Google re­forms rules on sex­ual mis­con­duct

The News-Times - - BUSINESS -

Google is promis­ing to be more force­ful and open about its han­dling of sex­ual mis­con­duct cases, a week af­ter high-paid en­gi­neers and oth­ers walked out in protest over its male-dom­i­nated cul­ture.

CEO Sun­dar Pichai spelled out the con­ces­sions in an email sent Thurs­day to Google em­ploy­ees. The note of con­tri­tion came a week af­ter the tech gi­ant’s work­ers left their cu­bi­cles in dozens of of­fices around the world to protest man­age­ment’s treat­ment of top ex­ec­u­tives and other male work­ers ac­cused of sex­ual ha­rass­ment and other mis­con­duct in­volv­ing men. The protest’s or­ga­niz­ers es­ti­mated about 17,000 work­ers par­tic­i­pated in the walk­out.

“Google’s lead­ers and I have heard your feed­back and have been moved by the sto­ries you’ve shared,” Pichai wrote in his email. “We rec­og­nize that we have not al­ways got­ten ev­ery­thing right in the past and we are sin­cerely sorry for that. It’s clear we need to make some changes.”

Pichai’s email was ob­tained by the As­so­ci­ated Press.

Google bowed to one of the protesters’ main de­mands by drop­ping manda­tory arbitration of all sex­ual mis­con­duct cases. That will now be op­tional. It mir­rors a change made by ride-hail­ing ser­vice Uber af­ter the com­plaints of its women em­ploy­ees prompted an in­ter­nal in­ves­ti­ga­tion con­clud­ing its rank had been poi­soned by ram­pant sex­ual ha­rass­ment.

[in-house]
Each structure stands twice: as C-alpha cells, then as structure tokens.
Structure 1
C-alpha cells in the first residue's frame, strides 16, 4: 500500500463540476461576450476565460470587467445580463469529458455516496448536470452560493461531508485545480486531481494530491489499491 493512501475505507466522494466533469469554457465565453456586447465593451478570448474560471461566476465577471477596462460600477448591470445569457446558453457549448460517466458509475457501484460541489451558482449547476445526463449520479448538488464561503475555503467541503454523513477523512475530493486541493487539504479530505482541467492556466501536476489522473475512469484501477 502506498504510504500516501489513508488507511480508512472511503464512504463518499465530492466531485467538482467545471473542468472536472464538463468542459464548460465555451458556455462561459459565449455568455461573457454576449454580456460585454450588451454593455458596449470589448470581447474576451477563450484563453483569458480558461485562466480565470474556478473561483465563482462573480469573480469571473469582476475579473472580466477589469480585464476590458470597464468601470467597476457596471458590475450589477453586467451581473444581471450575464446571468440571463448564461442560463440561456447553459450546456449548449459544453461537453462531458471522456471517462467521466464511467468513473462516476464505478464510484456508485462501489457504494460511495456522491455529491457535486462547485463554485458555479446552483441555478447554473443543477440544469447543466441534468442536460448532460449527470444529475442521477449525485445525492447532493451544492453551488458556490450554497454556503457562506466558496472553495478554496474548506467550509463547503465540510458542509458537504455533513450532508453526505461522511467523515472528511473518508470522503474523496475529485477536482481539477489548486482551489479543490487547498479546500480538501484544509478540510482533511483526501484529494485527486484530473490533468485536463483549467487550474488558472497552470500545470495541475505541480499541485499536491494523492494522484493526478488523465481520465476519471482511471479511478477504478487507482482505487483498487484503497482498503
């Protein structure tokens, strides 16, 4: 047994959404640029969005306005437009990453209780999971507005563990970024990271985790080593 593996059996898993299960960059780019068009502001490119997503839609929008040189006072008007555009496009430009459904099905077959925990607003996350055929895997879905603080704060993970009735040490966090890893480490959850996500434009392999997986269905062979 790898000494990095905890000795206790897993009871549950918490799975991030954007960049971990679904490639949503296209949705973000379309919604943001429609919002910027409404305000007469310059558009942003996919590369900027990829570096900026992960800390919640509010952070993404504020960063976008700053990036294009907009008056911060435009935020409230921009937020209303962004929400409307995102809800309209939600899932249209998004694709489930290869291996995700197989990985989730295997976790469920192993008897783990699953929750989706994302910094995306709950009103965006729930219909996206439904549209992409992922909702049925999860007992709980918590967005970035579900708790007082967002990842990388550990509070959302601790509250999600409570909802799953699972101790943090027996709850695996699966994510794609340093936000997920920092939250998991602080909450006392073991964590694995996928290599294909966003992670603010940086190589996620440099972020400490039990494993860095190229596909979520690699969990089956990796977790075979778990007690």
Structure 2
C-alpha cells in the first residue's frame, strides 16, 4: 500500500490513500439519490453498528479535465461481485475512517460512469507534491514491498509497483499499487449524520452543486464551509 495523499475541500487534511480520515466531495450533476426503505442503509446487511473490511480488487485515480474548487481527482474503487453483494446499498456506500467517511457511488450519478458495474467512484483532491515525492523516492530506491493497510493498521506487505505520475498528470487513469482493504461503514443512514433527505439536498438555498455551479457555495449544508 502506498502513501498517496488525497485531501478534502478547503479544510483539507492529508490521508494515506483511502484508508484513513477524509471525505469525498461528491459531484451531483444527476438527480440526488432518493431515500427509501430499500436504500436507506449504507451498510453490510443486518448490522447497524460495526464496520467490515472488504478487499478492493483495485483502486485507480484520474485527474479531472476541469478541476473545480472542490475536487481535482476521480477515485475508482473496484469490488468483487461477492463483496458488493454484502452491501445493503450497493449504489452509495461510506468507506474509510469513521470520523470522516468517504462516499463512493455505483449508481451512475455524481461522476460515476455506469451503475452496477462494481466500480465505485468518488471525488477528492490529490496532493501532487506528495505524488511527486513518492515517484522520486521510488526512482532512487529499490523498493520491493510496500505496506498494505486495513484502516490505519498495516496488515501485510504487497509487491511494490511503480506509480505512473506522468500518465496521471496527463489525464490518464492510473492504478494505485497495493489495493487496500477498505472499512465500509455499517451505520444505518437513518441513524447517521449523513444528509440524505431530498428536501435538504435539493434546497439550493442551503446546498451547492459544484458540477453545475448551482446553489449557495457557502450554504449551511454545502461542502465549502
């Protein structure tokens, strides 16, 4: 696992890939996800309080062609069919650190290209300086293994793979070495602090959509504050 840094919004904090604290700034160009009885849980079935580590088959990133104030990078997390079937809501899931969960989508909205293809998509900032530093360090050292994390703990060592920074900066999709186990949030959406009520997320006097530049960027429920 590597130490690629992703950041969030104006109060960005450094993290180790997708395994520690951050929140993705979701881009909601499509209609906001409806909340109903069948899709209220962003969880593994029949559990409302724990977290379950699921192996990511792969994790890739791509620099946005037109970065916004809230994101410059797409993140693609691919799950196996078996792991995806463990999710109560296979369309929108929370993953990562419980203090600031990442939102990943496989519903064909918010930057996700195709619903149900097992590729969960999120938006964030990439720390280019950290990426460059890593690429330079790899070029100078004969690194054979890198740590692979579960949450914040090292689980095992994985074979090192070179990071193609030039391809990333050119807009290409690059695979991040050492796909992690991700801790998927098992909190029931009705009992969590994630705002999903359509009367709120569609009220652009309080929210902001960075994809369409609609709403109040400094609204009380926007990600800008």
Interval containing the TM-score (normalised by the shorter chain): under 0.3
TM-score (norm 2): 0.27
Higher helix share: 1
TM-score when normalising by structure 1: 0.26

Google will also pro­vide more de­tails about sex­ual mis­con­duct cases in in­ter­nal re­ports avail­able to all em­ploy­ees. The break­downs will in­clude the num­ber of cases that were sub­stan­ti­ated within var­i­ous com­pany de­part­ments and list the types of pun­ish­ment im­posed, in­clud­ing fir­ings, pay cuts and man­dated coun­sel­ing.

The com­pany is also step­ping up its train­ing aimed at pre­vent­ing mis­con­duct, re­quir­ing all em­ploy­ees to go through the process an­nu­ally in­stead of ev­ery other year. Those who fall be­hind in their train­ing, in­clud­ing top ex­ec­u­tives, will be dinged in their an­nual per­for­mance re­views, leav­ing a blem­ish that could lower their pay and make it more dif­fi­cult to get pro­moted.

The re­forms are the lat­est fall­out from a broader so­ci­etal back­lash against men’s ex­ploita­tion of their women sub­or­di­nates in busi­ness, en­ter­tain­ment and pol­i­tics — a move­ment that has spawned the “MeToo” hash­tag as a sign of unity and a call for change.

Google got caught in the crosshairs two weeks ago af­ter The New York Times de­tailed al­le­ga­tions of sex­ual mis­con­duct about the cre­ator of Google’s An­droid soft­ware, Andy Ru­bin. The news­pa­per said Ru­bin re­ceived a $90 mil­lion sev­er­ance pack­age in 2014 af­ter Google con­cluded the ac­cu­sa­tions were cred­i­ble. Ru­bin has de­nied the al­le­ga­tions.

Like its Sil­i­con Val­ley peers, Google has al­ready openly ac­knowl­edged that its work­force is too heav­ily con­cen­trated with white and Asian men, es­pe­cially in the high­est pay­ing ex­ec­u­tive and com­puter pro­gram­ming jobs. Women ac­count for 31 per­cent of Google’s em­ploy­ees world­wide, and it’s lower for lead­er­ship roles.

As­so­ci­ated Press

Peo­ple walk by Google of­fices in New York. A week af­ter high-paid en­gi­neers and oth­ers walked out in protest over its male-dom­i­nated cul­ture, Google is promis­ing to be more force­ful and open about its han­dling of sex­ual mis­con­duct cases.

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